PCRECORDING.COM - - Interview with Matt Gonzalez of Echo Audio.
1. Who are the main players at Echo Audio? Design team? Software team? Etc.?
The founder and chief technical officer of Echo is Milo Street. The company president is Bill Adler. Milo, his brother, Dan Street, and Jim Goodland comprise the hardware team.
Here's a list of the software team:
2. What was the philosophy behind creating the Layla, Gina, and Darla lines of soundcards? What market were you intending to meet?
Personally, I have wanted to be able to record my guitar on my computer since I was in college. This was back when state of the art in PC audio was the Sound Blaster Pro, with amazing innovative stereo 8-bit sound. I have always thought of myself and people like me as the target market for our products.
I would say that the philosophy behind the cards is simply to give people creative tools to make music.
3. With respect to competitors cards, what is unique about the Darla card, now that it has grown up to 24 bit and 96 kHz capability?
First, I would say that Darla24 is using good 24 bit converters. A number of audio cards are representing themselves as 24 bit audio, but if you take a good look at the audio specs they are only marginally better than 20 bit hardware.
Also, I think that the breakout box with TRS balanced connectors is a nice feature. Darla24 continues to have all the other things that are nifty about our cards, like the flexible monitor mixer and our new Windows multi-client audio drivers. These drivers let you use multiple applications simultaneously with the different outputs and inputs of our hardware.
4. What is unique about the Layla card with respect to its direct competitors such as Gadgetlabs 8/24 or the CardDeluxe?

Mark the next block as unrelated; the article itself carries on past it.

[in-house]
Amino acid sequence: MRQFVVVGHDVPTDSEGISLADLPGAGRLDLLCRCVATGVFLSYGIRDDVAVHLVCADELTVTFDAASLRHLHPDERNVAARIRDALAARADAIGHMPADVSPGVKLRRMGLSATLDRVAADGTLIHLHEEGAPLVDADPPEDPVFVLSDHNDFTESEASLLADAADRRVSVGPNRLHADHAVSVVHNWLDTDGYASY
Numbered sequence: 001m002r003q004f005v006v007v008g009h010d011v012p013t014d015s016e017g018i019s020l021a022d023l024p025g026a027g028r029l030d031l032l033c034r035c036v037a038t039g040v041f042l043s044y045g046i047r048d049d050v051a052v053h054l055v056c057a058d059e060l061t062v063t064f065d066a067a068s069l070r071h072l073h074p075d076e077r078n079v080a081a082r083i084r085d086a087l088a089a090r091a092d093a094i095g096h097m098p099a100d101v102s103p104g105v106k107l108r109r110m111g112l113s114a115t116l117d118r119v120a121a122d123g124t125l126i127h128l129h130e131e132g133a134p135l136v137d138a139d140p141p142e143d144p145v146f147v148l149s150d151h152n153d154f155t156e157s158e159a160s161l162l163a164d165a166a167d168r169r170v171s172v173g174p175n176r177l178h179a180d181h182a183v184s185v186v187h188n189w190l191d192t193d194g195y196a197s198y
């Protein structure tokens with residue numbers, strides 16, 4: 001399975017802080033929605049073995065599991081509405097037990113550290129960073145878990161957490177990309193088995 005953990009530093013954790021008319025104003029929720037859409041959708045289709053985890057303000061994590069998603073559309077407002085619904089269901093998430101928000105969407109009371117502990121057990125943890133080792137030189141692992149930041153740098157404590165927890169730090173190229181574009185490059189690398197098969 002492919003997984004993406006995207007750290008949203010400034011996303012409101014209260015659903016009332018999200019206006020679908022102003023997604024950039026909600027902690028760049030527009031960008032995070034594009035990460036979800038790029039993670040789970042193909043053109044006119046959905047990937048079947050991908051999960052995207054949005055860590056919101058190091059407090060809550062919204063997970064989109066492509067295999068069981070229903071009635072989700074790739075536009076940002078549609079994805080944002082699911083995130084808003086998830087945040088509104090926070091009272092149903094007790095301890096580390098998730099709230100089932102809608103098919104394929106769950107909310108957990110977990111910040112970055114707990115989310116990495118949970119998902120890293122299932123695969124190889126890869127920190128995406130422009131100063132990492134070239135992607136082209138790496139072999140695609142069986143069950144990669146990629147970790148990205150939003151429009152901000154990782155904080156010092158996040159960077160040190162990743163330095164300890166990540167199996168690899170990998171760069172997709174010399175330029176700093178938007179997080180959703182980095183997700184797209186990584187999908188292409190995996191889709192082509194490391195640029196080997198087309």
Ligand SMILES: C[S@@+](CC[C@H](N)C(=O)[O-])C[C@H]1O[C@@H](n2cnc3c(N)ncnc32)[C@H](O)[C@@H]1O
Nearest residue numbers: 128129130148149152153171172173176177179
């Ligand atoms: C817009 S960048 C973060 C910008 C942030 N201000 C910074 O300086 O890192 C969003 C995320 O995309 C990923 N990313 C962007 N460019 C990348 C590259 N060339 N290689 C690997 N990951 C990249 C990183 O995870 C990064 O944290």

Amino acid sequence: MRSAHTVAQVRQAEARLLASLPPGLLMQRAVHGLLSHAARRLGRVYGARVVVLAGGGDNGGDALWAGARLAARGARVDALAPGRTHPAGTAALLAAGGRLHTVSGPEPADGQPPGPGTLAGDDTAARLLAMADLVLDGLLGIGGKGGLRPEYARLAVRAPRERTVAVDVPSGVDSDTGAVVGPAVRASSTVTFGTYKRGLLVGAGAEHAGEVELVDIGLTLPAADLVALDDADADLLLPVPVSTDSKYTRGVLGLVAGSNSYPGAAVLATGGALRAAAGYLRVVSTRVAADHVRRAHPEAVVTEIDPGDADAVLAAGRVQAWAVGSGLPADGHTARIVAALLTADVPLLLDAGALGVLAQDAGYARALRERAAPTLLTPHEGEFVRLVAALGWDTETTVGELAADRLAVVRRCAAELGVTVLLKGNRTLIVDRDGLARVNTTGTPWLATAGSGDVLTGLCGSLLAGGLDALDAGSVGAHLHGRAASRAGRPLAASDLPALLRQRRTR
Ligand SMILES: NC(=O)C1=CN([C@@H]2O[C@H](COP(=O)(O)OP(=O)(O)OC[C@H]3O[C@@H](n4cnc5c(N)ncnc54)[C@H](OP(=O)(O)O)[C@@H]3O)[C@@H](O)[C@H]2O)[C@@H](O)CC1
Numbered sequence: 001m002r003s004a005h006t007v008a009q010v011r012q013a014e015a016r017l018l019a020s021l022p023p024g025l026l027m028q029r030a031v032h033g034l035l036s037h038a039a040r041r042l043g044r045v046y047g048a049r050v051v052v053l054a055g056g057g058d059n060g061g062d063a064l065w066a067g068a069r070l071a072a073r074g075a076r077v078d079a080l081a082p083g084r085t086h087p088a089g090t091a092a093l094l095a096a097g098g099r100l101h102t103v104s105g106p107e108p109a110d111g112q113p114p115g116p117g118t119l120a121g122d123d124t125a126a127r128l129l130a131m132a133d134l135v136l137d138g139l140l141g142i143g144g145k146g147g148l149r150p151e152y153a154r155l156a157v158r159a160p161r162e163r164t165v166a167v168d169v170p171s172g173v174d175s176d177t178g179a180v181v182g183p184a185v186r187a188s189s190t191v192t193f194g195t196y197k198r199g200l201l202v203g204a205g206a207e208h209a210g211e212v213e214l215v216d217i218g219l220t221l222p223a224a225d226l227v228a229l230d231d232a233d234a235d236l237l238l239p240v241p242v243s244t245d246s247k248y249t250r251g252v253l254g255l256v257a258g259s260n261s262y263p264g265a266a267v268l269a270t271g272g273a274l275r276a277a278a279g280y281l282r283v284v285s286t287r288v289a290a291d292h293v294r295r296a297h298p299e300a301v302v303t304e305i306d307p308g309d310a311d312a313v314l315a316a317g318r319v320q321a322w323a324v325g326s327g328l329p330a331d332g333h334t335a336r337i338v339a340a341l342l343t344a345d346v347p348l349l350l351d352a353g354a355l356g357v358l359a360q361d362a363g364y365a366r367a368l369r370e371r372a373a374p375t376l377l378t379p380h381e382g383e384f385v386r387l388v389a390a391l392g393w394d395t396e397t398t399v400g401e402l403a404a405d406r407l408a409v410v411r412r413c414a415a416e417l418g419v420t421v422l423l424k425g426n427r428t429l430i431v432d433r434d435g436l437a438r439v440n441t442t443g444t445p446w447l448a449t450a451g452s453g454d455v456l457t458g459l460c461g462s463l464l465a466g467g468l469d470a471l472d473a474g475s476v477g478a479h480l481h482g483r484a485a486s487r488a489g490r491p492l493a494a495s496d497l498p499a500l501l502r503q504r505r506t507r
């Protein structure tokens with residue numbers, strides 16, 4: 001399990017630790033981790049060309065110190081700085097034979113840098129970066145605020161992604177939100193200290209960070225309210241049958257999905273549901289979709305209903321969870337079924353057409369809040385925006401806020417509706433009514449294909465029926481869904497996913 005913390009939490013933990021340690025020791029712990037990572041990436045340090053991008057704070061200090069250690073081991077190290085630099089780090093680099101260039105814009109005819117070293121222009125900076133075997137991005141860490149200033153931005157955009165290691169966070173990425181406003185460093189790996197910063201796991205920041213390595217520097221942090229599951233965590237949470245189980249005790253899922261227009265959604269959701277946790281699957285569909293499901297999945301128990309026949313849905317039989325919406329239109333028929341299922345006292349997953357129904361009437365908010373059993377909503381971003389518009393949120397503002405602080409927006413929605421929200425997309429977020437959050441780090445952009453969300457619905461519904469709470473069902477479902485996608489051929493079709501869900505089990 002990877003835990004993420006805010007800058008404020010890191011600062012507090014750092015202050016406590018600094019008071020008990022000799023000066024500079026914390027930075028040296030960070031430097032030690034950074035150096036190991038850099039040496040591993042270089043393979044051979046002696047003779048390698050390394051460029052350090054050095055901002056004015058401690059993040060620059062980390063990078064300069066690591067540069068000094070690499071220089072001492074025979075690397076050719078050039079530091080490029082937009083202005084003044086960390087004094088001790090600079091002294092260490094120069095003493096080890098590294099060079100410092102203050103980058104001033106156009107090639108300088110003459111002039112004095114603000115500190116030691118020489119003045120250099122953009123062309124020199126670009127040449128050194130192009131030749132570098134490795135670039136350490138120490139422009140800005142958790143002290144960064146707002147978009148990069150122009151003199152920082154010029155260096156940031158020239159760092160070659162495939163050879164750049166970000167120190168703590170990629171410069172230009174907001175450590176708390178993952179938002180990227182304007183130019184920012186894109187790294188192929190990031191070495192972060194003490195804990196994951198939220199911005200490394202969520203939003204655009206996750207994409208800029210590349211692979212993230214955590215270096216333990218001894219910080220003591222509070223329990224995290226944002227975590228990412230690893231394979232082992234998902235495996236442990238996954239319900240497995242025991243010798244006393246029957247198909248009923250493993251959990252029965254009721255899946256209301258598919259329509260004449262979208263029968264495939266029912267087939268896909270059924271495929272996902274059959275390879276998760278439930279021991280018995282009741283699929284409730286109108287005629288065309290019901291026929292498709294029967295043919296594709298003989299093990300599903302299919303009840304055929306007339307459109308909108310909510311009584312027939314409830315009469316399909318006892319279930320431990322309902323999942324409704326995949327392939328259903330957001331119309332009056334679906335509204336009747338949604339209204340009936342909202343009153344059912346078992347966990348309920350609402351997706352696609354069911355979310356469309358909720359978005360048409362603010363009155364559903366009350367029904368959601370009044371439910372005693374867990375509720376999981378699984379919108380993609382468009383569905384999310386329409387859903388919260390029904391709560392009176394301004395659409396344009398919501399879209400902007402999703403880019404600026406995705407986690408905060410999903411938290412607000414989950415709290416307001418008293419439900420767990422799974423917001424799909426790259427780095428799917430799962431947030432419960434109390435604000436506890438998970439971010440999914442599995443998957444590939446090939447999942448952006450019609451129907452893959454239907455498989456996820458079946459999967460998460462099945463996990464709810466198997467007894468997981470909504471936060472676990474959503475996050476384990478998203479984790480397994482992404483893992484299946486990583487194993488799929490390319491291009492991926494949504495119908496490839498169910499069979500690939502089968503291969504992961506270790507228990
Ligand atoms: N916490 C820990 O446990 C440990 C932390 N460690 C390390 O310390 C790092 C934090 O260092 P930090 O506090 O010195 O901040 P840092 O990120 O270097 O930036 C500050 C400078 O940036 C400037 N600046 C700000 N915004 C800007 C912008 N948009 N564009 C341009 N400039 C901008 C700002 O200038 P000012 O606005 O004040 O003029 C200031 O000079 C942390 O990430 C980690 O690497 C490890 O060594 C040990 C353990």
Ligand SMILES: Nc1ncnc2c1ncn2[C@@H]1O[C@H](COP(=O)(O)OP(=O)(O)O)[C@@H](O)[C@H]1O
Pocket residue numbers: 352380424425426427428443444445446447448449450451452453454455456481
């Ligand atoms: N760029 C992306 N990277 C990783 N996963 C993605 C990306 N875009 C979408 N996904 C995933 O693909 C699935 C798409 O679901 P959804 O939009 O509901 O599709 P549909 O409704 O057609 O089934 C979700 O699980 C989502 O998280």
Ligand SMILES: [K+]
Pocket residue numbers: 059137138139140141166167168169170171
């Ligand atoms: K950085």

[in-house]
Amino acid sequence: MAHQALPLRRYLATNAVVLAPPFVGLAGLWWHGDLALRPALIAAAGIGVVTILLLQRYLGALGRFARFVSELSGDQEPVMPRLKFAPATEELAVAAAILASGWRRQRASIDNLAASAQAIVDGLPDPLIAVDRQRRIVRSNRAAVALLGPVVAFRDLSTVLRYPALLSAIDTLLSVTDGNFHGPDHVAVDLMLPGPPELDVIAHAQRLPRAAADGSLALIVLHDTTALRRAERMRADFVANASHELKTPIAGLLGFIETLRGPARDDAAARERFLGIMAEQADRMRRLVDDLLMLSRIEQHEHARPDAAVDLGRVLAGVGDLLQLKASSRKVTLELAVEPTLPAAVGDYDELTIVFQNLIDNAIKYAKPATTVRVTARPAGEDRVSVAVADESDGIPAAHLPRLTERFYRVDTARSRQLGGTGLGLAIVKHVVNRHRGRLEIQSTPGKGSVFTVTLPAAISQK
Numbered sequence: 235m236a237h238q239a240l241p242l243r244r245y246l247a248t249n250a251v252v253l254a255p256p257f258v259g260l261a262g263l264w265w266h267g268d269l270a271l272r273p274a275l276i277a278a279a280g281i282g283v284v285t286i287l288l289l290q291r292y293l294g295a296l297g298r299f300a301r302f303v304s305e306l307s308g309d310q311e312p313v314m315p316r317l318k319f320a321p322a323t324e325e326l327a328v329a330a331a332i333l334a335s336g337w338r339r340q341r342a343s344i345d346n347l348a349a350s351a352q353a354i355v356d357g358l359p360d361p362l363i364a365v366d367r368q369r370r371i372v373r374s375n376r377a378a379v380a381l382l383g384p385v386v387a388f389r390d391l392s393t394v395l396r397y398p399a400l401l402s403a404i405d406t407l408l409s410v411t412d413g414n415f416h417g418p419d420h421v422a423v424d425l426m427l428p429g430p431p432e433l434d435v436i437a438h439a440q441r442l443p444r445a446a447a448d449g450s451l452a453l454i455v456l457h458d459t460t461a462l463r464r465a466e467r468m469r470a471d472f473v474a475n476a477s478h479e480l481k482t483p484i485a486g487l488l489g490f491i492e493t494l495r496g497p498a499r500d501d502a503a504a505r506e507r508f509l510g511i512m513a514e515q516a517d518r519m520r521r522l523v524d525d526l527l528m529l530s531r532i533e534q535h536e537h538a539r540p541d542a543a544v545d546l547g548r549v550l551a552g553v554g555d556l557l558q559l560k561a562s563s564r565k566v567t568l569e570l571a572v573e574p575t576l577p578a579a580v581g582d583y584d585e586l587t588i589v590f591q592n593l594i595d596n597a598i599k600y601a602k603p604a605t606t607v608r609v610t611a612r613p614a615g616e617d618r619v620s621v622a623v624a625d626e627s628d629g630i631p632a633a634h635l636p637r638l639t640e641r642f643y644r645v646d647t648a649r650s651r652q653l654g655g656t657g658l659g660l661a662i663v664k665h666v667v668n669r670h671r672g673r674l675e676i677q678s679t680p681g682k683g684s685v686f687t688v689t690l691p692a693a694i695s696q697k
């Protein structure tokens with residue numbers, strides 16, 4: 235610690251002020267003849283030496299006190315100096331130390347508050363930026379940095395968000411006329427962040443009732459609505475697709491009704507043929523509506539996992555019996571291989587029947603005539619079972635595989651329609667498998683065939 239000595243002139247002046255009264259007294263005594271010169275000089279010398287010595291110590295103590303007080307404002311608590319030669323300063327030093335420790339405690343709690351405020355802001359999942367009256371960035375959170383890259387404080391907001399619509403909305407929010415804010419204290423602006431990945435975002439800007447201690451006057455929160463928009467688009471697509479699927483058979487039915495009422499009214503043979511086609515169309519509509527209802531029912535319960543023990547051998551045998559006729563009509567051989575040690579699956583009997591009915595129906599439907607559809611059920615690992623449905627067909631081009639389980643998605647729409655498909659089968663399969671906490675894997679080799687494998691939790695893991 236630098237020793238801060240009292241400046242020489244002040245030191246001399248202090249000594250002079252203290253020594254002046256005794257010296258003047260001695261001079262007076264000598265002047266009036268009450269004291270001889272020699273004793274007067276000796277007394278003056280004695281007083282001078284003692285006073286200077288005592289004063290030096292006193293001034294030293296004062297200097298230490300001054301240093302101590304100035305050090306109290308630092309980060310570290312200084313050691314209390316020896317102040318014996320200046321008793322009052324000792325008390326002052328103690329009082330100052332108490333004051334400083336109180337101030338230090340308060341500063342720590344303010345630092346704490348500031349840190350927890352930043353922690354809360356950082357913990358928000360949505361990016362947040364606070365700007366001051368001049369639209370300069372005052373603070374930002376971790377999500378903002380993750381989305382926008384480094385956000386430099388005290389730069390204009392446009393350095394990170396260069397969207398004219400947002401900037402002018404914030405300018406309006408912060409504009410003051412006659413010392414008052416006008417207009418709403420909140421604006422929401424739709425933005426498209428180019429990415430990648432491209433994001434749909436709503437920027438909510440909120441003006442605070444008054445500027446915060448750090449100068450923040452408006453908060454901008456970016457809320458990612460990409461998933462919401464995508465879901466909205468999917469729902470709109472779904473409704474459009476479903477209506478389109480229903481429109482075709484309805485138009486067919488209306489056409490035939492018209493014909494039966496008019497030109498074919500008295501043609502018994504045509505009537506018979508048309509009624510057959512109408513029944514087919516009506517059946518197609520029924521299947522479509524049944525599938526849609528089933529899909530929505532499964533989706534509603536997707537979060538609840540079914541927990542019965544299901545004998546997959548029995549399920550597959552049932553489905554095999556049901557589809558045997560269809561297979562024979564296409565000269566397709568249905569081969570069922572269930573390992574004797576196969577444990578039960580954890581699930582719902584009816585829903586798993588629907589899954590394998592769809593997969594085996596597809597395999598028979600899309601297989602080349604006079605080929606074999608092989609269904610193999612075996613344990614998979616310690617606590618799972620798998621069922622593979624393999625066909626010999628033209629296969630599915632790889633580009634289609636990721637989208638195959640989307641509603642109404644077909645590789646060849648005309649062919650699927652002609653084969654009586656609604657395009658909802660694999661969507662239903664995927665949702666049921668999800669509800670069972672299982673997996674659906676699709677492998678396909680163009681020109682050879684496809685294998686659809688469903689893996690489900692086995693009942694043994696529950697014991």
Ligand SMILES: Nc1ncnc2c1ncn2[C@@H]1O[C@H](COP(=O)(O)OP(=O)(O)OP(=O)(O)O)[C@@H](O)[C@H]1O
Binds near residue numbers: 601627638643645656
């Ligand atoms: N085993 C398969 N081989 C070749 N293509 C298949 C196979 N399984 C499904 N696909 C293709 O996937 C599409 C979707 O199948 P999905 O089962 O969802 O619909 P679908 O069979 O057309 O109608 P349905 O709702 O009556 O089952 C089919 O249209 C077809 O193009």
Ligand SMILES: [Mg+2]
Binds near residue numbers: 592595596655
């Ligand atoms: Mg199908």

Well, with Layla you get the digital I/O included; no extra box to buy. Layla can do a hardware sync to MIDI time code; I don't think the competition can do that.
While the Gadgetlabs 8/24 has somewhat better dynamic range than Layla, our tests here showed significantly worse total harmonic distortion. They may have cleaned this up on their new products, but I notice that they don't even list total harmonic distortion on their website for either current or new products.
I haven't used the CardDeluxe, but the specs look good. Obviously, the CardDeluxe just gives you 4 in and 4 out; Layla gives you 10 in and 12 out. The CardDeluxe seems like more of a competitor for Darla24 or Gina.
5. What is the next big leap for the PC-based audio recording industry that you see?
If I had to guess, I would say that multiprocessor systems will become more popular, especially with the upcoming release of Windows 2000 and professional audio applications for BeOS.
The biggest bottleneck in PCs right now seems to be both memory and processor I/O bandwidth. Right now it looks like a standards war is being fought; should be interesting to see how that settles down.
7. Echo at present officially supports and recommends only Intel chips for its cards. What is it about Intel architecture that differs? FPU performance? Corporate support?